When I was a kid there was no shopping on Sunday, anyone else remember that? Boy times have changed. Now I can sit in my sweatpants drinking tea 24/7 and buy not just from my local store but from people all over the world.
Browsing over oodles and oodles of amazing creations online sucks up more of my time that I like to admit. However I think of this not as time wasted, oh no, it’s “research”. It’s important to know what’s going on in my handmade community.
And there is SO much to be seen online isn’t there? Etsy.com, the largest of the handmade marketplaces, has over one million registered sellers! As a customer this is fantastic! As a seller this is terrible. How can you possibly stand out amongst that much noise? Not to mention that Etsy is only one of 1000’s of shopping sites.
The most important part of your online store are the photos. I’m not going to get into that today except to say, these MUST be brilliant.
Next, the writing surrounding the photos. Even the most brilliant of photos doesn’t stand a chance if your item description sucks. Remember that your customer cannot see the item in person. Don't assume that the qualities of your item are obvious to your customer or that your photos say it all. You might even consider describing your item as if you had no pictures for your customer to look at. Really make them feel like they are right there with your item. When I’m online I look at the items and glance at the text. You have just a few seconds to draw me in with the story of the item. SELL me the item.
Short paragraphs and bullet points are your friends. Visitors to your shop might be looking for a specific size or material, so make it easy for them to glean that info from your descriptions by cutting out superfluous language and making good use of bullet points. Think about your descriptions as a way to answer your buyer's questions.
This is a list to jump start your thinking when you write your next item description.
- What is it? While it may be totally obvious to you what the item is, never underestimate a customers’ power to be confused.
- What colour is it? The colour on your monitor may not be the same as mine.
- How big is it? Measure accurately not just the length of a necklace, also the size of the beads in it. Don’t just take a photo of the piece beside a ruler, spell it out.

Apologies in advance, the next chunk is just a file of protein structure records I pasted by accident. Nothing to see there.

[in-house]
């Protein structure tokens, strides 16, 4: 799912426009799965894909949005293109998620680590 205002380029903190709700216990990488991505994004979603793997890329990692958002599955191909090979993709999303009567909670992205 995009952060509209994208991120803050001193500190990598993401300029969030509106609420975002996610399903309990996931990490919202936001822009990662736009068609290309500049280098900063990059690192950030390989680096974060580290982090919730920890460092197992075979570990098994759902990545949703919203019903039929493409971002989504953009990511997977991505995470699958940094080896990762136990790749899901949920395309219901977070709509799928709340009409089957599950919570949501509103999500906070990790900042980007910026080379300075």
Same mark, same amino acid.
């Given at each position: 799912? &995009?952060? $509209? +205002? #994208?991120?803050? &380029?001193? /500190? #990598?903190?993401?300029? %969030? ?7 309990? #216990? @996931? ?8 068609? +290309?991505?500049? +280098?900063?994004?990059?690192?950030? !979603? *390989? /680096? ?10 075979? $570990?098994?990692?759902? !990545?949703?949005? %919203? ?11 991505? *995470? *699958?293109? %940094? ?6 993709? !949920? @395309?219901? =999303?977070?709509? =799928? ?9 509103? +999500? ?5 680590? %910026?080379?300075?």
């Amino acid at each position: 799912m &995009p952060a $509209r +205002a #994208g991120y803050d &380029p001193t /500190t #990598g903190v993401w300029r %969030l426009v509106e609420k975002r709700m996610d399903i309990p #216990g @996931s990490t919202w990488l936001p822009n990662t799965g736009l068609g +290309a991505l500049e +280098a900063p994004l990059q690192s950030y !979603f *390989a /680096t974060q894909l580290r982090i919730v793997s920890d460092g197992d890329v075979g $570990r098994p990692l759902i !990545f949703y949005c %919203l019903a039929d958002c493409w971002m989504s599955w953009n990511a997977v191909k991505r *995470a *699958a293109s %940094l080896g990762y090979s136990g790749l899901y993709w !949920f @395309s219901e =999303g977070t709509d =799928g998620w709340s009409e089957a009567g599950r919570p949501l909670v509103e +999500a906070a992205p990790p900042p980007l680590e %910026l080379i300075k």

- What is it made of? Tell me the materials and techniques used.
- How do I care for it? Tell me how to keep it looking as lovely as when I receive it.
- What is it used for? Do I wear it or hang it on a wall? Or both! (now there’s a feature!)
- How does it work? Does it slip over my head? Is there a clasp? Do I tie it around my waist?
- Do I get everything in the picture? I see 6 items in the picture, do I get them all or are some of them just props?
- Why is this one better than the one in the next shop? What is so special about your work, is it your skills, materials or techniques? This is where you tell me a story.
- What if it doesn’t fit? Will you exchange it? Who pays to ship it back? If I’m giving this as a gift can my friend exchange it if she doesn’t like it and how does she do that?
- How does it arrive? Do you gift wrap and if so what does the gift wrap look like? What shipping methods do you use and how long should it take to get here? It this ready to ship or do you custom make me a fresh one?
- What do those fancy terms mean? Don’t take it for granted that a customer knows what lampworking means, or PMC (is that like PMS?).
- Will I get the exact item in the photo? I want to know if there’s going to be any variations and how big those will be.
- Can I live without this? Of course, but my life will be SO much more wonderful with it! Tell me why. The earrings will make me feel like a queen, the artwork will lift my spirits every time I look at it. What is so GREAT about your work?
You are the expert of what you create. You know the size, length, and dimensions. You know the materials and components. Your words should tell the story your photos can’t. Don’t make them search.
As a shopper much as I like surprises, if I don’t know what it is, I am not buying it.